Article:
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One day my sister called me up and asked me, “Julie how did you know to leave your ex?”

Decisions are rarely easy. Most of the time they are difficult. The decision to stay in a relationship is not easy, nor is the decision to leave. Four times I’ve been the one to “make the decision” to leave a long term relationship or marriage. I’ve learned a lot about knowing whether or not I should leave a relationship. The first time was a good choice, the second time it was unclear but with hindsight I know I made the decision prematurely. The third time the decision should never have been needed to be made, and that said the decision to leave should have been made much earlier. The fourth time was very tough to say “I’m sorry, I’m leaving.” Knowing to leave or not came down to the answer of one question.

To answer my sister’s question I socratically asked her a really big question, “Can you imagine him never being in your life, ever again?” Her reply would help her answer her own deeper question of “How do I know if I should leave him?”

Answering the question myself about my first long term relationship, when I was eighteen, I would say, “Yes, I can imagine him never being in my life again.” We were good for each other at the time. It was a critical life learning. And there were no regrets escaping that relationship.

To answer the question about my first husband I would say, “I’m not sure…” We had had some tough times because of some of his health problems. A divorce was probably premature, but he felt he was holding me back from growing emotionally and professionally. And I was without outside emotional support. The divorce was a mutual decision. I moved away during the divorce process to move back to town a year later. A teeny part of me had hoped that he would still be around that we could check in and see where we were each at. My dad’s cousin had remarried his wife after about ten years of being divorced, so why couldn’t we? He had moved and we completely lost contact after our divorce hearing.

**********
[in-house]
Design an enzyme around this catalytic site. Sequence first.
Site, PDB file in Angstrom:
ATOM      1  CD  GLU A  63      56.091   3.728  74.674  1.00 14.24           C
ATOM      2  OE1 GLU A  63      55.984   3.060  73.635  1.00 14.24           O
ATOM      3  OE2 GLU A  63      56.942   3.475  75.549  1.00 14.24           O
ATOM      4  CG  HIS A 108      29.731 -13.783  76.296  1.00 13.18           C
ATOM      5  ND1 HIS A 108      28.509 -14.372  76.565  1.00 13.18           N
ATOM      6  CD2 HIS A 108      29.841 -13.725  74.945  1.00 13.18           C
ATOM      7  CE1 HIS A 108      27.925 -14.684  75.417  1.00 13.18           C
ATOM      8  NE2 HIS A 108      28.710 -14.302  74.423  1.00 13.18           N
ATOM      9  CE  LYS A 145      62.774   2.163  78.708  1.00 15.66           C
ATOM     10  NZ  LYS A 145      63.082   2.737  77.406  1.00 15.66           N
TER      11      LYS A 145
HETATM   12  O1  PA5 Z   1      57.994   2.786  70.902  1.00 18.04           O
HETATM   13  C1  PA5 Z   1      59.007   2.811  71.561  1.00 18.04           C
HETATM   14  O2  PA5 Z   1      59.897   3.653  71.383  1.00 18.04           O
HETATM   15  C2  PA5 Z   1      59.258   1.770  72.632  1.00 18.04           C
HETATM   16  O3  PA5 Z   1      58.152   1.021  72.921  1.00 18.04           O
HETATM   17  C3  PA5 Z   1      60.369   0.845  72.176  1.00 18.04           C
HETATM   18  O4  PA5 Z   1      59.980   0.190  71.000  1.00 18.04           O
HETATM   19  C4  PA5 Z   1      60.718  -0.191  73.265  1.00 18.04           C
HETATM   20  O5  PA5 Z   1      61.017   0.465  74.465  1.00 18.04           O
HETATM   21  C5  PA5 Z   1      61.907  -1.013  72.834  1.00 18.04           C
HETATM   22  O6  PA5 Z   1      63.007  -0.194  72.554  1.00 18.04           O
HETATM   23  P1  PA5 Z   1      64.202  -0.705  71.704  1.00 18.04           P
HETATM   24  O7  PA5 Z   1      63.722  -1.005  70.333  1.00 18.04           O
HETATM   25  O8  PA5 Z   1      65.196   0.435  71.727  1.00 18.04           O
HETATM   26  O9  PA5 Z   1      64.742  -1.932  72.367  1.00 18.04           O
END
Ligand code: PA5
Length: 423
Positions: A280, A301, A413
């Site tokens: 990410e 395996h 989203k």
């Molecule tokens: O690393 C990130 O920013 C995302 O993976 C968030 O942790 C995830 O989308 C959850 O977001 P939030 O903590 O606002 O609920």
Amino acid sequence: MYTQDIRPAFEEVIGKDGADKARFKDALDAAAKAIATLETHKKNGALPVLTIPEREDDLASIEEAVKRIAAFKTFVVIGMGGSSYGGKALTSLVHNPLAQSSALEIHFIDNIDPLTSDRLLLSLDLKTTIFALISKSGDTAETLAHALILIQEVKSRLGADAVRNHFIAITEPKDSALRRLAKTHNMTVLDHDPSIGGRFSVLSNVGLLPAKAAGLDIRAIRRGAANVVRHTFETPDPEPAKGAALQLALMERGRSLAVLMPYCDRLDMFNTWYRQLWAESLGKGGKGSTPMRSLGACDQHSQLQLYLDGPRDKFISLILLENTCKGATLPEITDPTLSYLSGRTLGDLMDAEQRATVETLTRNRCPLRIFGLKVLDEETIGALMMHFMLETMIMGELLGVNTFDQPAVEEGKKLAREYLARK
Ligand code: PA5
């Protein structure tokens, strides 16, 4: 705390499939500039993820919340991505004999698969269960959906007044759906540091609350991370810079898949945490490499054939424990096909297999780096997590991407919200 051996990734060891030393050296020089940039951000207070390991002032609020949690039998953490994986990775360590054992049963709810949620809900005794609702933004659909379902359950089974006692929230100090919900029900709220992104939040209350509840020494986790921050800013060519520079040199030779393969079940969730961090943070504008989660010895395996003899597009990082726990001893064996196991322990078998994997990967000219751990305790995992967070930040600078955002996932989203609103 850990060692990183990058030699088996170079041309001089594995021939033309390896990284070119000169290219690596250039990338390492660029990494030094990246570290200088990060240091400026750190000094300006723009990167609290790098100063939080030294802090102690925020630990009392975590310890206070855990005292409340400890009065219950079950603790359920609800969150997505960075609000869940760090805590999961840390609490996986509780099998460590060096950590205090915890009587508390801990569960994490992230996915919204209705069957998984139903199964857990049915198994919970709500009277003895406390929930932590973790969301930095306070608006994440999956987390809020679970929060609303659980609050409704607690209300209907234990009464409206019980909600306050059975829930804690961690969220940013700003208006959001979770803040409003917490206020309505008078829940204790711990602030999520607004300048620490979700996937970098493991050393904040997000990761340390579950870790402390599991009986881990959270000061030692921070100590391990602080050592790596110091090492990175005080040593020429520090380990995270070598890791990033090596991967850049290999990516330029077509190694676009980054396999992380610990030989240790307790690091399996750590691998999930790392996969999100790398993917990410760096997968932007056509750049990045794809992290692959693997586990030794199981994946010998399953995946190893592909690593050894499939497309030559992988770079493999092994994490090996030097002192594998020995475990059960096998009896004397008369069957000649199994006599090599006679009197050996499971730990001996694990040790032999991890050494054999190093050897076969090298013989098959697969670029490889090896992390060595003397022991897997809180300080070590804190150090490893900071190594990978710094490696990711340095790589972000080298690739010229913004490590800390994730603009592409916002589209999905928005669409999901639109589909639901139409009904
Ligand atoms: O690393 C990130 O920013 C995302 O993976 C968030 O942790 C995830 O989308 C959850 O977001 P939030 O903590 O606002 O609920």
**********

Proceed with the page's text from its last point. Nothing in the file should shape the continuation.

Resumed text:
Answering the question about my second husband “Yes, absolutely yes I can imagine him never being in my life ever again.” Initially I had thought there would be things that I would miss, in particular his companionship. I married my best friend and that is how we should have remained. However it was a good decision, as the divorce was not as amicable as I had expected. It was difficult logistically and financially, but I had gone through one divorce and I was in a better place professionally the second time around. I leaned on my friends and family for support; I’d get through it.

Answering the question in relation to leaving my second long term relationship, who wasn’t a husband “No I can’t imagine him not being in my life.” I had a deep desire to be married. Yes I wanted to be married again, for a third time. It took me over eighteen months and some therapy to gain any understanding why I had this need to be married. It was not a religious living-in-sin type of feeling. I felt a deep sacred need to be married, one that is beyond logic. This did not meet his needs. It was a non-negotiable for me, so I had to say “Goodbye.” And I’m glad I did because a few months later I met my champion, now husband who is so very happy that we are married.

If you can imagine him never being in your life anymore, then it very well may be time to leave.

If you can’t imagine him never being in your life and there are non-negotiables or deal breakers that are not being met, I would suggest you explore the situation as thoroughly as possible.

If you can’t imagine him never being in your life again, and there are no deal breakers, keep working at it. Hindsight is very difficult.

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How have you known it was time to leave?

What has helped you decide to stay or leave?

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From where does the spark come? What creates that spark that you feel when you connect with someone?

Perhaps it is a passing glance or brush of the shoulder or hand, a few comments exchanged through email or a phone conversation.

Is it something karmic? Is it in the stars or destiny? Is it the scent of the cologne or shampoo that attracts you? Is it the twinkle in his eye? Her smile?